[3] Polish Remover with acetone base............still available in drugstores and beauty supply stores. Have to read the label to be sure that it says with acetone.
[4] When ALL else FAILS it's time for a trip to the hospital ER and "a bit of old fashioned doctoring".
Start with the polish remover first it's the weakest form of acetone. If that doesn't work try the Debonder which should work. As a last resort try the straight acetone.

[1] To thoroughly wash hands with soap and water after using any of these products as the skin does absorb a certain amount of them. Repeat at least three times to be sure of removing all traces. Your hands may feel "dried out" but avoid using creams for at least 12 hours to allow all the removal product to ventilate out of skin.
[2] Keep the products close by when working with Super Glue. The glue sets up too quickly to be looking for them "after the fact".

Patricia / Redwood City, CA

Super glue, zap a gap: With all the talk about super glue and getting stuck I thought I would mention another problem with it. I have been making dolls and miniature dolls for about 16 yrs. Have always used zap a gap to attach the pipe cleaner armatures to the porcelain and to glue other non porous surfaces. No problems for a very long time. Then about 3 years ago I started to get "spring time allergies" or so I thought. Seems like I always had sinus problems before a show or class. Well, it took quite awhile to figure out I had developed a sensitivity to the zap a gap fumes! Swells the sinus to 10 times natural size (well, ok, this is a rough figure).

Jill Castoral

Glass Bottles from Christmas Lights: [  

 Do you have to do anything to the glass parts that come out the outdoor Christmas lights to make them into bottles?]

Just remove them carefully, Kathy!   The broken glass from those lights can be very sharp.   I recommend using safety goggles and putting the bulb inside a paper bag -- then tap it gently with a hammer.   The outer bulb will break, leaving the "glass bottle" inside.

You have to work the "bottle" loose, because it was originally attached to the outside bulb, joined to it inside the metal screw base.   After the outer bulb is broken, I usually break off any excess bulb that remains with needlenose pliers, sort of crushing it.   There are small wire leads into the "bottles" which can easily be cut, twisted, or just broken off.   If you have a Dremel, you can sand the bottom of the "bottle" to make it smoother, but you would certainly need safety goggles for that.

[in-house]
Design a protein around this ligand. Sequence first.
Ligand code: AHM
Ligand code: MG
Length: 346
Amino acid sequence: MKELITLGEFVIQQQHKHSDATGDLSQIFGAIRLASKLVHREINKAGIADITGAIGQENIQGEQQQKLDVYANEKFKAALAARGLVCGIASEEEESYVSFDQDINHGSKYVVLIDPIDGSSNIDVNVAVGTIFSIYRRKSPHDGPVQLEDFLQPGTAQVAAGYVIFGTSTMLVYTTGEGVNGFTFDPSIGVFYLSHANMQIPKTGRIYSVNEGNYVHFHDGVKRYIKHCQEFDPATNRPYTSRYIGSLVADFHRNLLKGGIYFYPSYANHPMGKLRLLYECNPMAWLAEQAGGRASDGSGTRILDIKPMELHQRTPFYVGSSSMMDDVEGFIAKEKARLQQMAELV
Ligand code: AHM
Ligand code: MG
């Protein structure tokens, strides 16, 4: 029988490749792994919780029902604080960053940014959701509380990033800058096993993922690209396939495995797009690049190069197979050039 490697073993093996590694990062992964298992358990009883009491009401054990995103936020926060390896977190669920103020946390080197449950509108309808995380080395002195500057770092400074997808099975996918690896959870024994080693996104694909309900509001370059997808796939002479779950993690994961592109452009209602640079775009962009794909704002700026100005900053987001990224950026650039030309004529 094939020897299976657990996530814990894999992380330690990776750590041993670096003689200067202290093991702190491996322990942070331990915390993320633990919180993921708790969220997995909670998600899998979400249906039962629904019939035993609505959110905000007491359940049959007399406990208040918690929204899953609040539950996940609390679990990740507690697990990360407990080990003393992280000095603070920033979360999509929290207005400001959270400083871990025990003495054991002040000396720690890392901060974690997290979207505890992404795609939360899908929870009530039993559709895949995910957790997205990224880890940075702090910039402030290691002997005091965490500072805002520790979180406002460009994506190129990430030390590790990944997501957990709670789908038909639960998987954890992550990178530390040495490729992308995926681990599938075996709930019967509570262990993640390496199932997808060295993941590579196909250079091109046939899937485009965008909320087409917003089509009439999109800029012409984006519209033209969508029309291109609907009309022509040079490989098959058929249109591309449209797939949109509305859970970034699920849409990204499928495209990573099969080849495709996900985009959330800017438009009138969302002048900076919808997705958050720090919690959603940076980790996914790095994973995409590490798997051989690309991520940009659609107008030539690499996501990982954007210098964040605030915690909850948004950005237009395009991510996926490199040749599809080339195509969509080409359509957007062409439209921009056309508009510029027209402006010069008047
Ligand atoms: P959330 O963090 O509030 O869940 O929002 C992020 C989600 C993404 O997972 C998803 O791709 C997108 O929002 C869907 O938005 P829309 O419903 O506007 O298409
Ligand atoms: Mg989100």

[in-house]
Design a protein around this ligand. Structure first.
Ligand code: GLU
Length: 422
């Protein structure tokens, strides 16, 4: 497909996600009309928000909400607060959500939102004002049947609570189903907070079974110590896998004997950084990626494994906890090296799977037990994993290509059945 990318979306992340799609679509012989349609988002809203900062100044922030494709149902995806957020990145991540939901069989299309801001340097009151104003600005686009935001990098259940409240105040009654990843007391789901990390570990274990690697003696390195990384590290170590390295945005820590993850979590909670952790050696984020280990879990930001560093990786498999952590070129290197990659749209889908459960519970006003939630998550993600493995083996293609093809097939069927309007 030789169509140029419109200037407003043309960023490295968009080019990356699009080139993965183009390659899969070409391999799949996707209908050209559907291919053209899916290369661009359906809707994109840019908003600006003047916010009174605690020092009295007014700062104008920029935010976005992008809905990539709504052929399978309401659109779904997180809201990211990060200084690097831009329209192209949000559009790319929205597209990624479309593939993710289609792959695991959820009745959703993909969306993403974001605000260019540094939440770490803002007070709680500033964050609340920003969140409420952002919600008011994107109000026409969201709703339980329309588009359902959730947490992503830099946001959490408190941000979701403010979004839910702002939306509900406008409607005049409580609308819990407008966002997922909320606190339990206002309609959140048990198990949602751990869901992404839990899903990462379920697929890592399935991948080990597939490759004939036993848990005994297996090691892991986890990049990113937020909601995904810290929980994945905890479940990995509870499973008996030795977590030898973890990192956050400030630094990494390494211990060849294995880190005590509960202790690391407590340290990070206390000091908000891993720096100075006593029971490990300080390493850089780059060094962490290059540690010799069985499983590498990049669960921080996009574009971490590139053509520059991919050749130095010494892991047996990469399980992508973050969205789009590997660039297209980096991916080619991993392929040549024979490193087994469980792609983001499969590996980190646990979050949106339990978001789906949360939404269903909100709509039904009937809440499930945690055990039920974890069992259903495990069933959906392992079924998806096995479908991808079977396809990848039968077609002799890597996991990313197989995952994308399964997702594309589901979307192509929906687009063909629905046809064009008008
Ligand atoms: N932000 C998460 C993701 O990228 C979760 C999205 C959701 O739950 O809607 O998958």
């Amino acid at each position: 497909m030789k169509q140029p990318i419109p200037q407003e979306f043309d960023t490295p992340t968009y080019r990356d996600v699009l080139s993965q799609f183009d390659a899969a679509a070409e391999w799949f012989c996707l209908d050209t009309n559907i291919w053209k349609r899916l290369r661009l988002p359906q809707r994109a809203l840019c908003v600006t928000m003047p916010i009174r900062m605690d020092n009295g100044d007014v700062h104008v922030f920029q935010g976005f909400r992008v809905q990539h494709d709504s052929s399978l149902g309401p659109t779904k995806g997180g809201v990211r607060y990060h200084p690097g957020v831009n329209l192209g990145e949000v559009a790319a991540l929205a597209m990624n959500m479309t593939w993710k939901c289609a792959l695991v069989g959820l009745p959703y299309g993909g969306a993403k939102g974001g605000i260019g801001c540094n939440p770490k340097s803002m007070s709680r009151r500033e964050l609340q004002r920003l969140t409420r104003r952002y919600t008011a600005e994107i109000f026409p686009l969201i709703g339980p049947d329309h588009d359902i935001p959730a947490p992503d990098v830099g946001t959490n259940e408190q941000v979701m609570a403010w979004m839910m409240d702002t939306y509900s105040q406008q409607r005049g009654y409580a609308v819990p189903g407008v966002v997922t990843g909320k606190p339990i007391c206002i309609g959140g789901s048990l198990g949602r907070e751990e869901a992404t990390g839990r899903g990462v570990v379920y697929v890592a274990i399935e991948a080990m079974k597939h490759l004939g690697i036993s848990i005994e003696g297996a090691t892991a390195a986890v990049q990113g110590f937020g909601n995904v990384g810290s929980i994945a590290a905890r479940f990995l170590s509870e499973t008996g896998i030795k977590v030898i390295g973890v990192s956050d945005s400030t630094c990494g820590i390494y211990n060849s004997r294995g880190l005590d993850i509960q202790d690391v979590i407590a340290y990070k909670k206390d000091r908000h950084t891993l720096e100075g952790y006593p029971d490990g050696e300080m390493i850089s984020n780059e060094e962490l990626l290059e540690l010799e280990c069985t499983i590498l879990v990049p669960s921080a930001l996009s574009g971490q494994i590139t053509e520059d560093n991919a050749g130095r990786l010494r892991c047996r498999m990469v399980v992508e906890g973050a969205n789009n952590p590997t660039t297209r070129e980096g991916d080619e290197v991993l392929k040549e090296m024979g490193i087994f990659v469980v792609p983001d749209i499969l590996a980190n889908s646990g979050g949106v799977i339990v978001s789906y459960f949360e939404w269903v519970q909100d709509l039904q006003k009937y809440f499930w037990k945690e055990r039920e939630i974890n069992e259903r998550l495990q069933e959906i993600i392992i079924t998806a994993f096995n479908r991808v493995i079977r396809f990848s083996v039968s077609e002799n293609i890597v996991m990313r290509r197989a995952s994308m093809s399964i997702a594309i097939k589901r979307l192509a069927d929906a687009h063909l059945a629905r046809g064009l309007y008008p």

These "bottles" can be painted with Gallery Glass, and would look great on a shelf in an apothecary's shop (like up on the wall behind the counter).   Any irregularities on the bottom of the bottles can be hidden that way.

The "bottles" on my PictureTrail site are just as they were removed from the bulb -- no sanding, etc.   You can still see the wire leads on a couple of them.   Once they're painted with Gallery Glass and mounted on shelves, you won't notice the metal leads or irregular bottoms.

Anita Myers

China painting - I'm no expert, having only china-painted dolls' faces, but I'll share what I do know. You can china paint scenes on china with the same paints that are used for dolls. I have both Seeley's and Bell ceramic china paints. Both are fired at cone 018. The labels on the paint bottles or jars usually give this information. Just to be safe, don't use any new paints along with your vintage paints. Or fire on the vintage paints first, and then do a second firing using newer paints(if there are special colors you want to use in the newer paints). Once it's fired on, it's very hard to remove, so I can't imagine any bad reaction between the two if they're fired at different times.

If you don't want to be worried with firing, there are translucent stains for china painting that are not fired on, but look very much like the fired on.

Paulette in IN